by Heather Steranka-Petit, Director, “It’s Time to Talk” Programs & Services
In my work as the Director of It’s Time to Talk Programs and Services for YWCA Greater Cleveland, I spend a lot of time talking to people about other cultures. I also do trainings on things like unconscious bias, cross-cultural conflict, and institutional racism. One of the key concepts that I teach is about something called: privilege. Privilege is defined as unearned access to social power based on membership in a dominant social group. Privilege is not seized by individuals, which is why it can be difficult sometimes to see one’s own privilege. Many people have heard of white privilege. White privilege can include little things like when you buy bandages—if you are white, then the color of the bandage is usually close to your skin tone. White privilege also includes being confident that the police exist to protect you and will only stop your car if there is something wrong.
Understanding privilege is an important concept in any diversity context. Privilege is not exclusive to race. Being a member of any dominant group (based on age, gender, sexual orientation, religion, nationality, and more) often includes an often unnoticed privilege. In the USA, in addition to white privilege, there is also male privilege, education privilege, socio-economic class privilege, and Christian privilege (just to name a few).
A few weeks ago, as I was watching the 50th anniversary of the Peanuts Christmas special, I realized that there were no people of color in the entire episode. This led me to think about my white privilege, where I can be reasonably sure that people represented in the media and on TV will look like me.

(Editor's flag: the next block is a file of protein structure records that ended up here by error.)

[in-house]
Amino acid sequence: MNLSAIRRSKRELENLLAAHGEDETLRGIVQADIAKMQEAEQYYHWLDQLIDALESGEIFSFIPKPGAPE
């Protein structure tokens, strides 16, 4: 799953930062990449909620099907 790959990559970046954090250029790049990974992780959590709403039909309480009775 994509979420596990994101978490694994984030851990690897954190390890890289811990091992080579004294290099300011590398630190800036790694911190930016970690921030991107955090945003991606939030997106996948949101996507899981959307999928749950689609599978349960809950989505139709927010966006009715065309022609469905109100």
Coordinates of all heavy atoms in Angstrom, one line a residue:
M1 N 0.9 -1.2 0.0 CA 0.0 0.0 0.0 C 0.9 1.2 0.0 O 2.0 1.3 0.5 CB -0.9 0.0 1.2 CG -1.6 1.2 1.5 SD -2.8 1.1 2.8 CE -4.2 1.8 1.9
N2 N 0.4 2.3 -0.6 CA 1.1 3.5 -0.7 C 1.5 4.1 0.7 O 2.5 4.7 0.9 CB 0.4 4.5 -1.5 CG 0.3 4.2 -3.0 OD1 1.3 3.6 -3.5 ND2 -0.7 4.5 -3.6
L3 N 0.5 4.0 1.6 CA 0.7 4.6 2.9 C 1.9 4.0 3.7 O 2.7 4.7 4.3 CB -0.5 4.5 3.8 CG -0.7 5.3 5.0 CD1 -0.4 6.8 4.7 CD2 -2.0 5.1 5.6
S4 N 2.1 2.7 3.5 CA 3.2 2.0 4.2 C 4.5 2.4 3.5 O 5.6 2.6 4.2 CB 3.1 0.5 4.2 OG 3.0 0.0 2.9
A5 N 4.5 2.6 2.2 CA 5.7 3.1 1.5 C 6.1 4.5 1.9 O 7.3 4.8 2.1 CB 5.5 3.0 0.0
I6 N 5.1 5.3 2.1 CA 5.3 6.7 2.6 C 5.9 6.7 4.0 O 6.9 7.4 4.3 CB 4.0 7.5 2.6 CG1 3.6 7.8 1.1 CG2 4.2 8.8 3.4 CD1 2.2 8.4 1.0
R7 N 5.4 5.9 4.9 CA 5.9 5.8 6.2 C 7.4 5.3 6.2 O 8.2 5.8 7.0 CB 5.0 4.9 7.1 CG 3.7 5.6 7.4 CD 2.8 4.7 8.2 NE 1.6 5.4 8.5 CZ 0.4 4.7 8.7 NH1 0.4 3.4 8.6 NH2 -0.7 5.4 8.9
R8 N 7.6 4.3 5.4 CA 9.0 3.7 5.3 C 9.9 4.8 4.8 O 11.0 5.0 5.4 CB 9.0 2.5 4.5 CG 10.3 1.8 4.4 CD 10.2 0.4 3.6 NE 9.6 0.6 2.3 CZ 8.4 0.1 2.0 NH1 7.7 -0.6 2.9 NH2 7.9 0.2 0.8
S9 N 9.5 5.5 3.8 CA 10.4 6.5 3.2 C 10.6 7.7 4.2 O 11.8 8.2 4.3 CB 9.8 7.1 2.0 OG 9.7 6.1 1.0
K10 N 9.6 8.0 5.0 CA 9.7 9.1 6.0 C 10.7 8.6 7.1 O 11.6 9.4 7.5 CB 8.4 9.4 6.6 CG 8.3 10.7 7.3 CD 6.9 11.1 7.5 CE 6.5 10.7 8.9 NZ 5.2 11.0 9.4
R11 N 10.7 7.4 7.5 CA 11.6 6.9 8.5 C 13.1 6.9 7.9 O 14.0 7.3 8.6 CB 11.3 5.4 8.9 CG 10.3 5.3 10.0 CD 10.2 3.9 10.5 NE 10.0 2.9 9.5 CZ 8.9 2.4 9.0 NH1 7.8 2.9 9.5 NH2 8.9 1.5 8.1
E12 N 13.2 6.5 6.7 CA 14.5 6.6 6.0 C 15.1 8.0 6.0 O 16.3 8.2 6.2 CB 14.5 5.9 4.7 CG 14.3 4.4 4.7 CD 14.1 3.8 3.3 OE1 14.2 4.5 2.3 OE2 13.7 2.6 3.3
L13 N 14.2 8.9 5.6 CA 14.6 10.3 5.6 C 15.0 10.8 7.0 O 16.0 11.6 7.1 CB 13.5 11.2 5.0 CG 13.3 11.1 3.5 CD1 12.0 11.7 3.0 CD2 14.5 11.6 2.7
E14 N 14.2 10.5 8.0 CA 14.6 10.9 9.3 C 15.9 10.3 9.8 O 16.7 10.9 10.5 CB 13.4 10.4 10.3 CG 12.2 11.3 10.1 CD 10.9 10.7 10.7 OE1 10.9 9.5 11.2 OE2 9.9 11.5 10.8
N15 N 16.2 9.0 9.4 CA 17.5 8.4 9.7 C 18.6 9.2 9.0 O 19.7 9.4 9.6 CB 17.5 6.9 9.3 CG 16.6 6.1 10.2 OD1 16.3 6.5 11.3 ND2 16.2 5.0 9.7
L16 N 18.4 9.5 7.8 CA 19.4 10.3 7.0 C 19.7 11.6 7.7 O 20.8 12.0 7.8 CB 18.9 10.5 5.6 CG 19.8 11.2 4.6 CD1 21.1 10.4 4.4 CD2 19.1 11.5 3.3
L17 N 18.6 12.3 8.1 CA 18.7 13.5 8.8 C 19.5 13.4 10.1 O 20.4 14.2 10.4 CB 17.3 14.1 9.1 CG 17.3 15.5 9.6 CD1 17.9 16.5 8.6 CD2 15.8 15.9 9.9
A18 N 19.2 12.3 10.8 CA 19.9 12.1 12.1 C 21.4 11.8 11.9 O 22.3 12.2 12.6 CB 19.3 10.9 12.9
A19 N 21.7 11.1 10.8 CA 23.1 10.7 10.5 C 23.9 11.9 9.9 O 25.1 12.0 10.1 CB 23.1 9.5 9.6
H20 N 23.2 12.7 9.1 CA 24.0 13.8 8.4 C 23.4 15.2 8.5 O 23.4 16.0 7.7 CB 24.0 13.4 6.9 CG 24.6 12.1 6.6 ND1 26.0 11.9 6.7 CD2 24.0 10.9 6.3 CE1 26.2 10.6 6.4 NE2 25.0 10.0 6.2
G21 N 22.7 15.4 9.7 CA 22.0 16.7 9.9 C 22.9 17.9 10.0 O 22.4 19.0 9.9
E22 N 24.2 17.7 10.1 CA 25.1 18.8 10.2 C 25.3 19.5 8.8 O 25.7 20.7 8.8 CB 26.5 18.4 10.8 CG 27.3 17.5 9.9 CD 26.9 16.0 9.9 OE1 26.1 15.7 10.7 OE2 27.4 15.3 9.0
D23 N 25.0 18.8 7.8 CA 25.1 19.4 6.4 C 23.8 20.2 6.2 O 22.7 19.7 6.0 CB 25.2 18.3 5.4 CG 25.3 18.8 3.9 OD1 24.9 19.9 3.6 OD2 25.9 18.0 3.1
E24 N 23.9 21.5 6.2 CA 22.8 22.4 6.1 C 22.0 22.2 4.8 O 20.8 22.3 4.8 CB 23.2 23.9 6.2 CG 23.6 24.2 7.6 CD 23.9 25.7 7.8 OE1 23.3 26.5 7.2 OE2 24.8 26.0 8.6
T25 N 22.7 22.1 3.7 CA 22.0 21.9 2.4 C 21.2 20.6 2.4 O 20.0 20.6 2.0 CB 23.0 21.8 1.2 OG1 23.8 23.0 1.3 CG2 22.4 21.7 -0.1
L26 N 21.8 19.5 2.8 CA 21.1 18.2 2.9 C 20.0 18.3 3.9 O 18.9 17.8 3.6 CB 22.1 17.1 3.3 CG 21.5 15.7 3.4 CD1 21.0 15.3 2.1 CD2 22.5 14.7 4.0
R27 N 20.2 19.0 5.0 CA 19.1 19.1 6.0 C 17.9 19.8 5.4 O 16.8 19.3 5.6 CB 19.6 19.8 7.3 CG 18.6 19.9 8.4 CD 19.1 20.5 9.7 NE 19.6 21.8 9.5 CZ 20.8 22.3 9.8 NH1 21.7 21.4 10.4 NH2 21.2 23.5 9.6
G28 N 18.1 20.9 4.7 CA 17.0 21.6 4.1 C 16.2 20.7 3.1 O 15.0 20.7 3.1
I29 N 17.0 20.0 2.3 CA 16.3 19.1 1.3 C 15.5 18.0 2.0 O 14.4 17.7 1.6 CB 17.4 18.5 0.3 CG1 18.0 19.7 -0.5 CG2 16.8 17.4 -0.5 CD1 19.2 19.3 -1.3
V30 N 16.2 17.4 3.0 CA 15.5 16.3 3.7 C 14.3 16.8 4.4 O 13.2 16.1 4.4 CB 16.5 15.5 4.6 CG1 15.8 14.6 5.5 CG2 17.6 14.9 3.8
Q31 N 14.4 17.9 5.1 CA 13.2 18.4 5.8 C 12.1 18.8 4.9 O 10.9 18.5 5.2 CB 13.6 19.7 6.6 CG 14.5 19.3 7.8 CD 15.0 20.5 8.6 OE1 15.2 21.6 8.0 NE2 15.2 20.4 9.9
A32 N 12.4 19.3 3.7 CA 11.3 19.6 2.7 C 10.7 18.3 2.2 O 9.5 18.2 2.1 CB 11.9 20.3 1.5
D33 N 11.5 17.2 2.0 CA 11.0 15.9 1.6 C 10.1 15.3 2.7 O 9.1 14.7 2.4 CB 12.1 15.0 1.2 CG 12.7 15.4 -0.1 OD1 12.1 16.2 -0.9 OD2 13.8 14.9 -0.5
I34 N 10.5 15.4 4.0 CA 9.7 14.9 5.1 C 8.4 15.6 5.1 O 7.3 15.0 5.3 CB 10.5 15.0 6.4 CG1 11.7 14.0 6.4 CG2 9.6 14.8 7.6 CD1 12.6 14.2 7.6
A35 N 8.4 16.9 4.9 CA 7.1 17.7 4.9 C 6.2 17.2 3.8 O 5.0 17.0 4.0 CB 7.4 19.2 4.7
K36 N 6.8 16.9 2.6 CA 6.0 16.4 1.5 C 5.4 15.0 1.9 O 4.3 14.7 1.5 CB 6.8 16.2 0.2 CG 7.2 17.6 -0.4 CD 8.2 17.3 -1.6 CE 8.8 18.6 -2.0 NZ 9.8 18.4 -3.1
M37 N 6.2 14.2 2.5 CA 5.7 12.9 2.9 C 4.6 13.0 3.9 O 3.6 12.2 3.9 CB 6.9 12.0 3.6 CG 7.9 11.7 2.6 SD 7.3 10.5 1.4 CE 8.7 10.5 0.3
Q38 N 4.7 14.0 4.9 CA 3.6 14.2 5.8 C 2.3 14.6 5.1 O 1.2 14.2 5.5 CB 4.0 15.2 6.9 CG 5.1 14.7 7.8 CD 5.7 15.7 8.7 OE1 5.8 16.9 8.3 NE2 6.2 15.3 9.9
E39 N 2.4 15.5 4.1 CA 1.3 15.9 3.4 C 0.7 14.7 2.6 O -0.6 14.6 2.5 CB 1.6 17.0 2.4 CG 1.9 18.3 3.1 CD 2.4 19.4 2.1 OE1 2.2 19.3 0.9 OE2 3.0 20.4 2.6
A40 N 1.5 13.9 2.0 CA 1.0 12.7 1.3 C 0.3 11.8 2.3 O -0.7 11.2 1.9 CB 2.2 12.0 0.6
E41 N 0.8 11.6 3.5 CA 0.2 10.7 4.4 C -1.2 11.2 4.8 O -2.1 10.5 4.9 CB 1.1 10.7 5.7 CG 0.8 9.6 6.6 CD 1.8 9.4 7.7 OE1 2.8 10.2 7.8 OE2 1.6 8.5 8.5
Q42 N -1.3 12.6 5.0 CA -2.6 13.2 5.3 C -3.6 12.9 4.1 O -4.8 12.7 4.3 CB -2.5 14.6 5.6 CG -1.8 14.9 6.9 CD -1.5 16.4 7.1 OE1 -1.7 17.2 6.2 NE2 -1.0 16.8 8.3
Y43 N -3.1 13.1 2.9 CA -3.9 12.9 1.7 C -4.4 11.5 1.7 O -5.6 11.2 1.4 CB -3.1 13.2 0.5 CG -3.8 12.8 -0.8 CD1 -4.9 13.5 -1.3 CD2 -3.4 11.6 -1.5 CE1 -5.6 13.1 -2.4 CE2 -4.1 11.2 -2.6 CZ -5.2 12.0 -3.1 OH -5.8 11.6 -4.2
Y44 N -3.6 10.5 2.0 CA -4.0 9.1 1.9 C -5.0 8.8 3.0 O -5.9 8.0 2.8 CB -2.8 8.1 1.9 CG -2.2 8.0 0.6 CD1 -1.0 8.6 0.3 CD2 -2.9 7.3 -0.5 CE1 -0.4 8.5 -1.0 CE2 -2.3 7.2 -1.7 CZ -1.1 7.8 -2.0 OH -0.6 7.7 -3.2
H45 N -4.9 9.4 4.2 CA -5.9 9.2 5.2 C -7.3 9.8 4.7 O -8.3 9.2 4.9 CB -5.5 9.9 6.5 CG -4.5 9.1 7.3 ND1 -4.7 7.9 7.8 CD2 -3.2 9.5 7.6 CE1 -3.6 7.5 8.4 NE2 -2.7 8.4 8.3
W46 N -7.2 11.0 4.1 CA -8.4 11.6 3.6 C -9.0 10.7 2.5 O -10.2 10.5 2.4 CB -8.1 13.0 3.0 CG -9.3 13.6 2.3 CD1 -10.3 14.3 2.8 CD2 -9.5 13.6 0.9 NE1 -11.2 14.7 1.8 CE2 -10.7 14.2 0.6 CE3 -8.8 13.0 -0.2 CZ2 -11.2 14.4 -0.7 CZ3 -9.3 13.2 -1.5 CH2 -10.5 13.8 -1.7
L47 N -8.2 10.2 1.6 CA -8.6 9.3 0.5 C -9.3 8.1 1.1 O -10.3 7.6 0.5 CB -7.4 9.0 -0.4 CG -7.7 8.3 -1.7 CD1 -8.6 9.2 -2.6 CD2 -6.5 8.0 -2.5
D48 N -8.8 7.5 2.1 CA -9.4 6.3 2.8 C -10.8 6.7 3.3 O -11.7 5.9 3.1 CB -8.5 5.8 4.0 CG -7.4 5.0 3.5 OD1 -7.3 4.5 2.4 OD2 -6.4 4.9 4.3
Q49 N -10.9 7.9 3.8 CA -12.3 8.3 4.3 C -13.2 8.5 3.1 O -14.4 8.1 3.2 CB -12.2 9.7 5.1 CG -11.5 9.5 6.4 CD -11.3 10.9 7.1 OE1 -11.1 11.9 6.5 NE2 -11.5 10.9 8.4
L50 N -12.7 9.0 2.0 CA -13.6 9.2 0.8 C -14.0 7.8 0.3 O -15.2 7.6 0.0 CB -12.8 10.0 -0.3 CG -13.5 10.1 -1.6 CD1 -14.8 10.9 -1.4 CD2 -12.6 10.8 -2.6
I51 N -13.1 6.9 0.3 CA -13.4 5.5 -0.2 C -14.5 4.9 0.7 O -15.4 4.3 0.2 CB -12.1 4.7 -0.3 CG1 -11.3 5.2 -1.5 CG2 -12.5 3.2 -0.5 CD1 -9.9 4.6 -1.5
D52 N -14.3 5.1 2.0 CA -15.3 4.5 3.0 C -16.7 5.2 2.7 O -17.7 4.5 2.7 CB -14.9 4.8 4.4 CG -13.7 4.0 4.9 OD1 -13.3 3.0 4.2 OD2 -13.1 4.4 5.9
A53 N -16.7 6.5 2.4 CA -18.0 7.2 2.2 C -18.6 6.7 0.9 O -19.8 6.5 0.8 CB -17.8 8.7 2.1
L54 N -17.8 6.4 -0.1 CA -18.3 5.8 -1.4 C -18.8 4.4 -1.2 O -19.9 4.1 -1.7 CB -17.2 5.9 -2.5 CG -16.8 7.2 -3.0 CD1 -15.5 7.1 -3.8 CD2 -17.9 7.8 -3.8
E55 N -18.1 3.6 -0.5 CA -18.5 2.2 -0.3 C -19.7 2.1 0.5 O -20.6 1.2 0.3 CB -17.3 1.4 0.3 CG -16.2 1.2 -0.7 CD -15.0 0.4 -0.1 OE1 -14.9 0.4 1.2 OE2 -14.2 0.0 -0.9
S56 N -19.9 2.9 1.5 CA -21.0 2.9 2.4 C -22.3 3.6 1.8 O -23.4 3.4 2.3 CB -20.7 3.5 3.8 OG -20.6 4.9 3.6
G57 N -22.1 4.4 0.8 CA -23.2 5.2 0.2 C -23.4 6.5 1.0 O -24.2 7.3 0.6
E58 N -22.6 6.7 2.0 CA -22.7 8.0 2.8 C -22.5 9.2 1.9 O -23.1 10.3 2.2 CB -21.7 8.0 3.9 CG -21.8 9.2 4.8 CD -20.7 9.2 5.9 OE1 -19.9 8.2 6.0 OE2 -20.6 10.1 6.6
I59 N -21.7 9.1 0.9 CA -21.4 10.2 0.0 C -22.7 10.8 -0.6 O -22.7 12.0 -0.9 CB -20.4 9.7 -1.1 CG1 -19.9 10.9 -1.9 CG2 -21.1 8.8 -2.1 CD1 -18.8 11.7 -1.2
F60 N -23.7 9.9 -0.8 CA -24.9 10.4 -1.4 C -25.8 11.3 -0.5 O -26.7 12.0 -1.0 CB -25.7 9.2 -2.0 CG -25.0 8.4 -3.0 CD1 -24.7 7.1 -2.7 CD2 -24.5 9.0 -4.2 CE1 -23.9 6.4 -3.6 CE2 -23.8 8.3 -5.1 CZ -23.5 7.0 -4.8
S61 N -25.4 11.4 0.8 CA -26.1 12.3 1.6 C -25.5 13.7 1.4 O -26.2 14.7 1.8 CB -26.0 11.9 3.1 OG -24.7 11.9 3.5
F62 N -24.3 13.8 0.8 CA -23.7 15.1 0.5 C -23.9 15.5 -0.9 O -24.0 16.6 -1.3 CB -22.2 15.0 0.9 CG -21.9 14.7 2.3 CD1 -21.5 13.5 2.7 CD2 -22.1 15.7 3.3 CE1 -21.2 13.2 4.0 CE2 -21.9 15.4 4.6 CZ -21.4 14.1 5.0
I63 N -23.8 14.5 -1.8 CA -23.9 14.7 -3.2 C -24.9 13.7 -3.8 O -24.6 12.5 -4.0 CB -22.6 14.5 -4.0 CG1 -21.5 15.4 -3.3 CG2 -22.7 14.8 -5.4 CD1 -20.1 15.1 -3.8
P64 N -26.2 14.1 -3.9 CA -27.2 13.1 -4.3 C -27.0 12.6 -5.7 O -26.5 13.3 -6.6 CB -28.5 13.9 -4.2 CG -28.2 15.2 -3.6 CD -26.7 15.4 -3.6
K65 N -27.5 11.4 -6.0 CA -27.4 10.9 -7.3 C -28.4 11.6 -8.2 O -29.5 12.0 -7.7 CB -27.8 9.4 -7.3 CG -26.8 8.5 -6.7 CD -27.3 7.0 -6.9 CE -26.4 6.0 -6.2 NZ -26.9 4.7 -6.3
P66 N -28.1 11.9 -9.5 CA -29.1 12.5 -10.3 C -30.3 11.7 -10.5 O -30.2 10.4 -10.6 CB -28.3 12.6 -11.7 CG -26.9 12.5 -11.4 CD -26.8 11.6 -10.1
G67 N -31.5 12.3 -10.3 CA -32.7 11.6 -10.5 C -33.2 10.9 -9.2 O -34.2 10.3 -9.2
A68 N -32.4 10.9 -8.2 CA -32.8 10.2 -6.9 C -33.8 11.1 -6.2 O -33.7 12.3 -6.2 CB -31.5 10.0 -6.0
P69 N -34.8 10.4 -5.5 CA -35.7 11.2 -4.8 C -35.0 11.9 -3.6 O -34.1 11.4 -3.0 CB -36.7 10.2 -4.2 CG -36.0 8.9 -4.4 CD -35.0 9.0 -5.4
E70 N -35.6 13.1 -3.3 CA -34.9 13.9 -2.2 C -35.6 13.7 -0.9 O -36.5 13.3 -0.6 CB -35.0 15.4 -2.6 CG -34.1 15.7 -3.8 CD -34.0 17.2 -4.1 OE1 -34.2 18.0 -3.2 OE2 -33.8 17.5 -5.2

As I was unpacking this white privilege, it struck me that the Christmas season in America includes privilege for American Christians. If you are a practicing Christian or a heritage Christian (like me), you may rarely notice (or simply enjoy) the ubiquitous Christmas music that starts to play around Thanksgiving. That’s what privilege is—if you don’t have to think about it, it’s a privilege. What must it be like to be a child (or the parents of a child) who doesn’t celebrate Christmas, but still has to perform in his public school Christmas musical show? You want to fit in with the other kids, but everything around you in December says that you don’t.
Most Americans receive time off of work for Christmas. Ok, most people won’t complain about a day off. However, if you want to travel out of town to celebrate Eid Al-Fitr (Muslim holiday celebrated at the end of Ramadan), Diwali (Hindu Festival of Lights), or Yom Kippur (Jewish Day of Atonement), you probably have to use your vacation days.
I enjoy the Christmas season, but I also want to be mindful and respectful to all my neighbors and colleagues. Acknowledging cultural and religious differences does not diminish my experience of Christmas; we can all learn about and respect each other’s holidays and traditions without sacrificing our own. If others don’t celebrate Christmas, I want to support and include them—if indeed they want to be included. Respect is the key. I try to ask questions in a respectful way, and not assume that everyone is like me.
If you celebrate Christmas—Merry Christmas! If you don’t then I wish you a great December, Happy New Year, and all the best in 2016.